My transition from "ranch hand" to technologist was not an easy one.
Before I was 10 years old I was raising and slaughtering emus with my parents to make products like emu jerky, oils, and chapsticks to sell at local sporting events.
Not the sexiest start to entrepreneurship, right? I can literally relate to growing up in Jurassic Park. But I had experienced enough ranching to know I didn't want a career in manual labor.
My first mentor, Laurie Jones, taught me to "Start with what you know!"
By age 19 I'd done an array of odd jobs, and a fair amount of painting, so I tried "being my own boss" with an exterior painting company. And after that first summer of painting over 50 homes, and over 150 the next summer, I learned how to scale a service company.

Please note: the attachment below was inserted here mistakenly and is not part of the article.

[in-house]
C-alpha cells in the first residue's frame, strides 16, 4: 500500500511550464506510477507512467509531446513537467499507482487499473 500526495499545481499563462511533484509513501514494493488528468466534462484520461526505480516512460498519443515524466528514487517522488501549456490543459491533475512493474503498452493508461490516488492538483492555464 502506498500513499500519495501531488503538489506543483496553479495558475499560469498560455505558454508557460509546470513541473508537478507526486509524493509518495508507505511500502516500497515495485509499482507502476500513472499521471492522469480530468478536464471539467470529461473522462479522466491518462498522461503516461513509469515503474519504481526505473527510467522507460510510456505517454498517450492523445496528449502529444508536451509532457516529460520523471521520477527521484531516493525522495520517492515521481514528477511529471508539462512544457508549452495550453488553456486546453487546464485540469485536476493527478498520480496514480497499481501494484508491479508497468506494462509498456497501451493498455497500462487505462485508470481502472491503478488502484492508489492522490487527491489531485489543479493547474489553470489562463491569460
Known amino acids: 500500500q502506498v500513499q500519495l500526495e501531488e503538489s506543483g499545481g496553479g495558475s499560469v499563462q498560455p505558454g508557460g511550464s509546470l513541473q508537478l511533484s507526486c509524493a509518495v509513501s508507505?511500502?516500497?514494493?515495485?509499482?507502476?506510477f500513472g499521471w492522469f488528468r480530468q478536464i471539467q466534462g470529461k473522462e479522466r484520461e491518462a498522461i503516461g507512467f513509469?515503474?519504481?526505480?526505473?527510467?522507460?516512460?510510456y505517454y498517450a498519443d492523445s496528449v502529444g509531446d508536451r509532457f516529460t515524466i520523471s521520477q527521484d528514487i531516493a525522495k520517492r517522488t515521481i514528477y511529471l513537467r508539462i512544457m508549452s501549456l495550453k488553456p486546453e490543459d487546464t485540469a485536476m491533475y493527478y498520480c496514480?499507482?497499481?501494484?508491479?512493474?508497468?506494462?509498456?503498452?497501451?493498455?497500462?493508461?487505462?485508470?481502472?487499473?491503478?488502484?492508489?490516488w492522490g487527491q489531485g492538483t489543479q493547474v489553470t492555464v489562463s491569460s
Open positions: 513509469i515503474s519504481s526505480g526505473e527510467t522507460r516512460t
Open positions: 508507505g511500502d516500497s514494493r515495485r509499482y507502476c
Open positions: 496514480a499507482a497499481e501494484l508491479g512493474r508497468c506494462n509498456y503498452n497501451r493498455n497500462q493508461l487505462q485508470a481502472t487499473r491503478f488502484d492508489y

A mid 6-figure business right out of high-school. Not too shabby for my first go at it!
Unfortunately, I learned shortly after that my formula for a painting service company wasn't the blueprint for every type of service business. And unfortunately again, I didn't learn this lesson until being bled of all my cash and spending over a year making pivot after pivot after pivot trying to force it to work.
I had a long ways to go still...
Then, when I finally did “take the leap" in the technology industry, I was plagued by a chronic case of arrogance, shiny-object syndrome, and a misguided sense of “scaling” that made everything seem 1,000,000X harder to achieve than it should be.